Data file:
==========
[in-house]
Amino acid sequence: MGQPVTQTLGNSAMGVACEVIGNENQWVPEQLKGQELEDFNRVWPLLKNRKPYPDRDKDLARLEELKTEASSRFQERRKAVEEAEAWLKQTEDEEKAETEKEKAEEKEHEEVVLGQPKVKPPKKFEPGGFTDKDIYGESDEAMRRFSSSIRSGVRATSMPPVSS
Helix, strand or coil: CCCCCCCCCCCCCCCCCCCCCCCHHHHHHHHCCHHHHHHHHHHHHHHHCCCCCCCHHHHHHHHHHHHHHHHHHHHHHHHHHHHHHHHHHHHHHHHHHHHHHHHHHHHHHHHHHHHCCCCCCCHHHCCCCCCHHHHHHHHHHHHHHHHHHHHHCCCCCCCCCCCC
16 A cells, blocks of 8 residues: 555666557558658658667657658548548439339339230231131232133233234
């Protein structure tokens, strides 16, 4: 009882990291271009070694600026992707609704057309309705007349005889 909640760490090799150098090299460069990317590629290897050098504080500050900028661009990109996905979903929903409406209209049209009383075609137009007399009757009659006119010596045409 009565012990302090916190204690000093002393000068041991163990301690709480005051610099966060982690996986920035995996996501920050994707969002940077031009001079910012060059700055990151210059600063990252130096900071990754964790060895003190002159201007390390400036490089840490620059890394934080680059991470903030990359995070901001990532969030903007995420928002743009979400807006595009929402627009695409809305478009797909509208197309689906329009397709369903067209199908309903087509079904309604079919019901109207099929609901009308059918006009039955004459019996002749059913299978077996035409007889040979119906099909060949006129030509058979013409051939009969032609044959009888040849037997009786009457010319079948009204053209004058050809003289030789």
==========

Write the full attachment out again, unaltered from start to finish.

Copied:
[in-house]
Amino acid sequence: MGQPVTQTLGNSAMGVACEVIGNENQWVPEQLKGQELEDFNRVWPLLKNRKPYPDRDKDLARLEELKTEASSRFQERRKAVEEAEAWLKQTEDEEKAETEKEKAEEKEHEEVVLGQPKVKPPKKFEPGGFTDKDIYGESDEAMRRFSSSIRSGVRATSMPPVSS
Helix, strand or coil: CCCCCCCCCCCCCCCCCCCCCCCHHHHHHHHCCHHHHHHHHHHHHHHHCCCCCCCHHHHHHHHHHHHHHHHHHHHHHHHHHHHHHHHHHHHHHHHHHHHHHHHHHHHHHHHHHHHCCCCCCCHHHCCCCCCHHHHHHHHHHHHHHHHHHHHHCCCCCCCCCCCC
16 A cells, blocks of 8 residues: 555666557558658658667657658548548439339339230231131232133233234
């Protein structure tokens, strides 16, 4: 009882990291271009070694600026992707609704057309309705007349005889 909640760490090799150098090299460069990317590629290897050098504080500050900028661009990109996905979903929903409406209209049209009383075609137009007399009757009659006119010596045409 009565012990302090916190204690000093002393000068041991163990301690709480005051610099966060982690996986920035995996996501920050994707969002940077031009001079910012060059700055990151210059600063990252130096900071990754964790060895003190002159201007390390400036490089840490620059890394934080680059991470903030990359995070901001990532969030903007995420928002743009979400807006595009929402627009695409809305478009797909509208197309689906329009397709369903067209199908309903087509079904309604079919019901109207099929609901009308059918006009039955004459019996002749059913299978077996035409007889040979119906099909060949006129030509058979013409051939009969032609044959009888040849037997009786009457010319079948009204053209004058050809003289030789």